Computer programmers, as well all know, are part human, part machine. As a result, they equally comfortable with the graphical, and the numeric, representations found in the ASCII table. Well almost. Most programmers have memorized a surprisingly large portion of the ASCII table. But rather than memorizing the binary forms of the numbers, most have memorized the short "hexadecimal" number forms.
A hexadecimal number is a number written using 16 different digits. The binary system uses two digits, 0 and 1. The decimal system most of use every day makes use of ten digits: 0, 1, 2, 3, 4, 5, 6, 7, 8, and 9. Numbers a bit larger than 9 require the use of two decimal digits (for example, 10). Numbers larger than 99 require at least three digits apiece.
But the hexadecimal system uses a full 16 digits: 0, 1, 2, 3, 4, 5, 6, 7, 8, 9, A, B, C, D, E and F. If those last five digits look a lot like letters of the alphabet, don't be confused. Those symbols do double-duty. Most of their lives are spent forming words and acronyms. But in the right context, they're hexadecimal digits.
Hexadecimal numbers rarely crop up in our daily lives. But they do appear often within computer programs. That's not unusual, when you think about it. After all, computer programs are where computers, and humans, come face to face.
They are also where a bit of text like CAFE can be ambiguous. Are those four letters a word, meaning a place to eat? Or are they a four-digit hexadecimal number, the equivalent of the decimal number 51,966? The answer depends on the computer programming language being used.
In the Visual Basic programming language, used to write all my Power Tools, hexadecimal numbers must be preceded by an ampersand ("&"), and the letter "H". So, in VB-speak, the hexadecimal number CAFE must be written as &HCAFE. In the C programming language, used to write much of Windows itself, hexadecimal numbers must be preceded by the digit 0, and the letter "x". So in C, our example becomes 0xCAFE (or, since lower-case letters are acceptable too, 0xcafe).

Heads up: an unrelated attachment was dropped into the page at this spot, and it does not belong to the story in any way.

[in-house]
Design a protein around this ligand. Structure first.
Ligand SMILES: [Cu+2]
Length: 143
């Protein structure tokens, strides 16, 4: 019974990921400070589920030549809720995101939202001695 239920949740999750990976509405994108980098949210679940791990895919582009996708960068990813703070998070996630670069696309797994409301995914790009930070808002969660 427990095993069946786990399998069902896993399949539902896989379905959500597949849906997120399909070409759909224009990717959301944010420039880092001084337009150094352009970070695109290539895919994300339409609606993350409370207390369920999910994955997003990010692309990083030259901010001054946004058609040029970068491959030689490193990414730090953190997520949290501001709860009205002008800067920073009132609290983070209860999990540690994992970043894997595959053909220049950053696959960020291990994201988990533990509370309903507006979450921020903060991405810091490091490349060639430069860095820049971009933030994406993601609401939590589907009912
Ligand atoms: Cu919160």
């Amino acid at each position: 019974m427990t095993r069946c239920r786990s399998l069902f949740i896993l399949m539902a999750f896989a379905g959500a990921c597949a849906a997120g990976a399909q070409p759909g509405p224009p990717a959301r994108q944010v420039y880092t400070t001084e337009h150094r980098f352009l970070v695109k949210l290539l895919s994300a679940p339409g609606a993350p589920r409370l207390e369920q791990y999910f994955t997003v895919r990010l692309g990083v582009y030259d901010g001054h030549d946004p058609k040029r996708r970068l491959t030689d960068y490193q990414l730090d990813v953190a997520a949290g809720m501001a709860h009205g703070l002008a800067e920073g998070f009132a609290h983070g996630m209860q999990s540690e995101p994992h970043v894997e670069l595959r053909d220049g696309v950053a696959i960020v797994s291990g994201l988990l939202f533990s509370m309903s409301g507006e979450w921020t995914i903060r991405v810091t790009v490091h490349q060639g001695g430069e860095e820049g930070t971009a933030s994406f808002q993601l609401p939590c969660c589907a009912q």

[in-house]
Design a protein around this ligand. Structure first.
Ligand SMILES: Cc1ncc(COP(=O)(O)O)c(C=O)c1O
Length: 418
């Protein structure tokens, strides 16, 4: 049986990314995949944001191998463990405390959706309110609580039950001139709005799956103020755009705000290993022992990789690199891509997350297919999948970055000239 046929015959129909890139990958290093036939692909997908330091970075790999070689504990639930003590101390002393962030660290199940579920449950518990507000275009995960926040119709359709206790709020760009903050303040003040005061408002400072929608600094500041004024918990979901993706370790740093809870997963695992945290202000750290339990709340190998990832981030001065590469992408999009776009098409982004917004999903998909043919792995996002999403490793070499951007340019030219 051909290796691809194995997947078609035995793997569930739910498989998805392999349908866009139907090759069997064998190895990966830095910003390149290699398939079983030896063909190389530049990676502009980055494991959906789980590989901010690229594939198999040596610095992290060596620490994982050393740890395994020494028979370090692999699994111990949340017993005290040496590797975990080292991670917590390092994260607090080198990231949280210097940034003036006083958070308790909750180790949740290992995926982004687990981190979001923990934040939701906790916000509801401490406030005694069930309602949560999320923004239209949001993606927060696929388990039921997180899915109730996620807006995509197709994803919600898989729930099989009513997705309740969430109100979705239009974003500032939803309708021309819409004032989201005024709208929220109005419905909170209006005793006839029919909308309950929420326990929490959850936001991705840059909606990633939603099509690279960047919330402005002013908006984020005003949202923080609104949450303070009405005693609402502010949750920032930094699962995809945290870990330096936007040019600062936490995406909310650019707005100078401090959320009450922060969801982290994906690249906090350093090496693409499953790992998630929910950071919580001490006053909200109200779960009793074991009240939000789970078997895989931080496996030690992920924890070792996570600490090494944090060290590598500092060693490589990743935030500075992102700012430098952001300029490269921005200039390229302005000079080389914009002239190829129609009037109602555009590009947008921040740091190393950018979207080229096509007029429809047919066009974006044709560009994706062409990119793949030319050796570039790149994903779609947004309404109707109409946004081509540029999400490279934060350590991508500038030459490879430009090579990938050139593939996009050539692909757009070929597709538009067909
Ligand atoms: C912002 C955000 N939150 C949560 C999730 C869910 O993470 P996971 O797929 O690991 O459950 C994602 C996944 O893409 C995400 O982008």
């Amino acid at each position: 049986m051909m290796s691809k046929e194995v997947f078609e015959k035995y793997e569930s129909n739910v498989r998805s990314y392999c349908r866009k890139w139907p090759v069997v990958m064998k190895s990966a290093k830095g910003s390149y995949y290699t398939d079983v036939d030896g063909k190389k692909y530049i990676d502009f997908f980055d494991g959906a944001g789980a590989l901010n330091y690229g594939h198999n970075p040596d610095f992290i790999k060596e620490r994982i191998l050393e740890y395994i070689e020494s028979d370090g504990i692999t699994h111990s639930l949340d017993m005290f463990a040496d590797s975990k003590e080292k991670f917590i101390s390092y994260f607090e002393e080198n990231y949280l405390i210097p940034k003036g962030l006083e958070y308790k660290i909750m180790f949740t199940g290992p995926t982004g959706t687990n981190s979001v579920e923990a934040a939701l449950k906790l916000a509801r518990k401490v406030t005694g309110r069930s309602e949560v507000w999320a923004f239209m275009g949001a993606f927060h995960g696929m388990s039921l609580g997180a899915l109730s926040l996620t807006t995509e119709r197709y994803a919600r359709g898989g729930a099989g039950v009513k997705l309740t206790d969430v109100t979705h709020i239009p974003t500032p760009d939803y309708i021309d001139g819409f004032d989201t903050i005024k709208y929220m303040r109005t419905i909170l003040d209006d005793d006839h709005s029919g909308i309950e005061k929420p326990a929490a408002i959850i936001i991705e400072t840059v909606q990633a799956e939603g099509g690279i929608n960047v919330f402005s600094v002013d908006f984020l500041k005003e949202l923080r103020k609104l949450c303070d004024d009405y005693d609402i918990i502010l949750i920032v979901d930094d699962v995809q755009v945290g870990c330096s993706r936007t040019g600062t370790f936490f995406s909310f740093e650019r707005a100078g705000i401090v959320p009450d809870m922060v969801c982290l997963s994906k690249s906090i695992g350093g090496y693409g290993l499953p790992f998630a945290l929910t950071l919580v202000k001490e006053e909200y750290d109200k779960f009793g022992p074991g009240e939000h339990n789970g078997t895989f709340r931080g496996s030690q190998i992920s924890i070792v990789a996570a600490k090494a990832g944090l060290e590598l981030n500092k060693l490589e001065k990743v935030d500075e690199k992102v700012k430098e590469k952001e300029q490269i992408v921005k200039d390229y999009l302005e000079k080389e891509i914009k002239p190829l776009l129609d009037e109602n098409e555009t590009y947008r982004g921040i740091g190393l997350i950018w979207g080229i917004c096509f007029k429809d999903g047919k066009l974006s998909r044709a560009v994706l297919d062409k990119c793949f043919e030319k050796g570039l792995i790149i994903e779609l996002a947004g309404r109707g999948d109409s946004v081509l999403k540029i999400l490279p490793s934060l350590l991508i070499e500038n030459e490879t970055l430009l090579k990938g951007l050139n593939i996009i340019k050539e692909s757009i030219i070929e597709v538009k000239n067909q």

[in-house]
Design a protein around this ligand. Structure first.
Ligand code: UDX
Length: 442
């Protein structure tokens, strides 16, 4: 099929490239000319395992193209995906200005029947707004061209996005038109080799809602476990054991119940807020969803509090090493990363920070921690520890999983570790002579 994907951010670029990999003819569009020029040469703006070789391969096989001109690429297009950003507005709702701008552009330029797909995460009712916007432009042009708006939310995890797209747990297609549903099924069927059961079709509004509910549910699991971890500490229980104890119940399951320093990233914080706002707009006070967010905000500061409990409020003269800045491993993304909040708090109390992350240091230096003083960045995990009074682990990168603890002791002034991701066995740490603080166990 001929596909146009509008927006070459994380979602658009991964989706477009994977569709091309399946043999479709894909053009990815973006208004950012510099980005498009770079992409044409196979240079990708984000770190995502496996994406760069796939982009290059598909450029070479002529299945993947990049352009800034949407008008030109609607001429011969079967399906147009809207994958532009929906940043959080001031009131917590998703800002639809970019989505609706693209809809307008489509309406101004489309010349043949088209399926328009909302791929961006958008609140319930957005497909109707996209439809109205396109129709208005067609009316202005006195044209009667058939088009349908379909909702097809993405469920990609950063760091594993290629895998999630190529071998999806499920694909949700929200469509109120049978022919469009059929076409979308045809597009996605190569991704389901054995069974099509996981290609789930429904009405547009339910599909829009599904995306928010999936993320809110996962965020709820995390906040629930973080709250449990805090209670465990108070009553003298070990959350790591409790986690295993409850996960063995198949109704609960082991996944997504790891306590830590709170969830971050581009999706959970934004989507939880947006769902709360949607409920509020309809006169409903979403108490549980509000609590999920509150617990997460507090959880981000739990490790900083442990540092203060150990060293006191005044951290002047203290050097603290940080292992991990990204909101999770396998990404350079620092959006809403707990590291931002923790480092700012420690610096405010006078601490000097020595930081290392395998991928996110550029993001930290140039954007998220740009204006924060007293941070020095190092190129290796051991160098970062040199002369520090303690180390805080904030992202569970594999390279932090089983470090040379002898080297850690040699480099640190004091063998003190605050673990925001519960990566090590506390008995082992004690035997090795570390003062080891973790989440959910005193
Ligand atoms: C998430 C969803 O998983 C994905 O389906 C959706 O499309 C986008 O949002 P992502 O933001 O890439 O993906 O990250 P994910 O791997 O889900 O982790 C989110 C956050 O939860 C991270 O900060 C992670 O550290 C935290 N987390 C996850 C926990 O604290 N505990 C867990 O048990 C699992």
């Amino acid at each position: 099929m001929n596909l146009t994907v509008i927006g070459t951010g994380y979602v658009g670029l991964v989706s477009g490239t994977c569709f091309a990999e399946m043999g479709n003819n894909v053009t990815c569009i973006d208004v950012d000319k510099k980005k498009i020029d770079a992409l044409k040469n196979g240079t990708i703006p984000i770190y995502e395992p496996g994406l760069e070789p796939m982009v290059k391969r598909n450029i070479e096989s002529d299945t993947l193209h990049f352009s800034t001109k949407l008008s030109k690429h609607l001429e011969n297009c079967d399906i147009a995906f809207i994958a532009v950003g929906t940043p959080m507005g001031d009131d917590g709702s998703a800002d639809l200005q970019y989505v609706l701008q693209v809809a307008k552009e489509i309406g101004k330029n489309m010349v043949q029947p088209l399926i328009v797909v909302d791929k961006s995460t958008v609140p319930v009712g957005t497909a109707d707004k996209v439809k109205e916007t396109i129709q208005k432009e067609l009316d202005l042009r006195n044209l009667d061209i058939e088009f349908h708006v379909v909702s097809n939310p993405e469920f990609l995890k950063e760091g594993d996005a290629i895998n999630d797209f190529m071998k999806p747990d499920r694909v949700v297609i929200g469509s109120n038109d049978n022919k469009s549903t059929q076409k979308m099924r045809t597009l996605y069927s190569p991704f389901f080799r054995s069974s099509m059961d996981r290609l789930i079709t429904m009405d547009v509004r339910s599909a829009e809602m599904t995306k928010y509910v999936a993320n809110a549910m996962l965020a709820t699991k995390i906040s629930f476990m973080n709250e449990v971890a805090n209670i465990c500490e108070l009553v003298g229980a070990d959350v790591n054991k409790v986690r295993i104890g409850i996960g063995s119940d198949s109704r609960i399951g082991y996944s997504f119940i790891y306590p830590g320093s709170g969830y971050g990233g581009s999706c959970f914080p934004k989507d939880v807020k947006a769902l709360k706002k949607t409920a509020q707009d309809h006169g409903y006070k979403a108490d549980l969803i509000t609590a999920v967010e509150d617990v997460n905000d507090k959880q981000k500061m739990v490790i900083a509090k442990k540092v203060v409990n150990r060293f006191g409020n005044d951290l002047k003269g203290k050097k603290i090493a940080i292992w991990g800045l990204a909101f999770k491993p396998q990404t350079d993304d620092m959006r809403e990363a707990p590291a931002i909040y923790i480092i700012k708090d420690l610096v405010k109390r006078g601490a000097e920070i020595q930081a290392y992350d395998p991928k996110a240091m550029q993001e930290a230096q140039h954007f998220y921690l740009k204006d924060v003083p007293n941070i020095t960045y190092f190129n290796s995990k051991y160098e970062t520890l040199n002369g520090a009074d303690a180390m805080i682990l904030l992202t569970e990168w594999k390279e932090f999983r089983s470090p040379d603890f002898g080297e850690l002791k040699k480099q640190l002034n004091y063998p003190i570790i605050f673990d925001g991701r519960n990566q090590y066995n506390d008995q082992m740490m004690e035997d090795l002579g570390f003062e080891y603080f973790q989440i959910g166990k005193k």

The folks who decided how places on the World Wide Web would be named disallowed certain characters. For example a URL can't contain a space. So, a Web address such as http://www.winmag.com/bad page.htm isn't permitted.
But a URL may contain a percent sign ("%"). When it does, the two characters that follow are interpreted as hexadecimal digits. Those digits are then replaced by their corresponding character in the ASCII Code table.
This trick allows otherwise illegal characters to appear within a URL. For example, the hexadecimal number representing a space character is 20. So, the URL mentioned above could be rewritten as https://www.karenware.com/bad%20page. The result is a perfectly legal (if non-existent) URL.
The URL Discombobulator can convert URLs to hexadecimal, allowing you to amaze your friends and confound your enemies. And the latest version, 1.1, adds some new sneaky ways to conceal a URL. As always, the program is free. Download your copy at https://www.karenware.com/powertools/ptlookup. And those of you who've memorized the ASCII Code table may want to download the program's Visual Basic source code. It's free too, and available at the same location: http://%77%77%77%2E%6B%61%72%65%6E%77%61%72%65%2E%63%6F%6D/powertools/ptlookup.asp.
But whatever you do this week, don't work too hard. Take some time to enjoy the miraculous life we've each been given. I sure plan to. And as you travel life's highway this week, if you see me, don't forget to wave and say "Hi." I'll be looking for you.
(*) I bought a dictionary.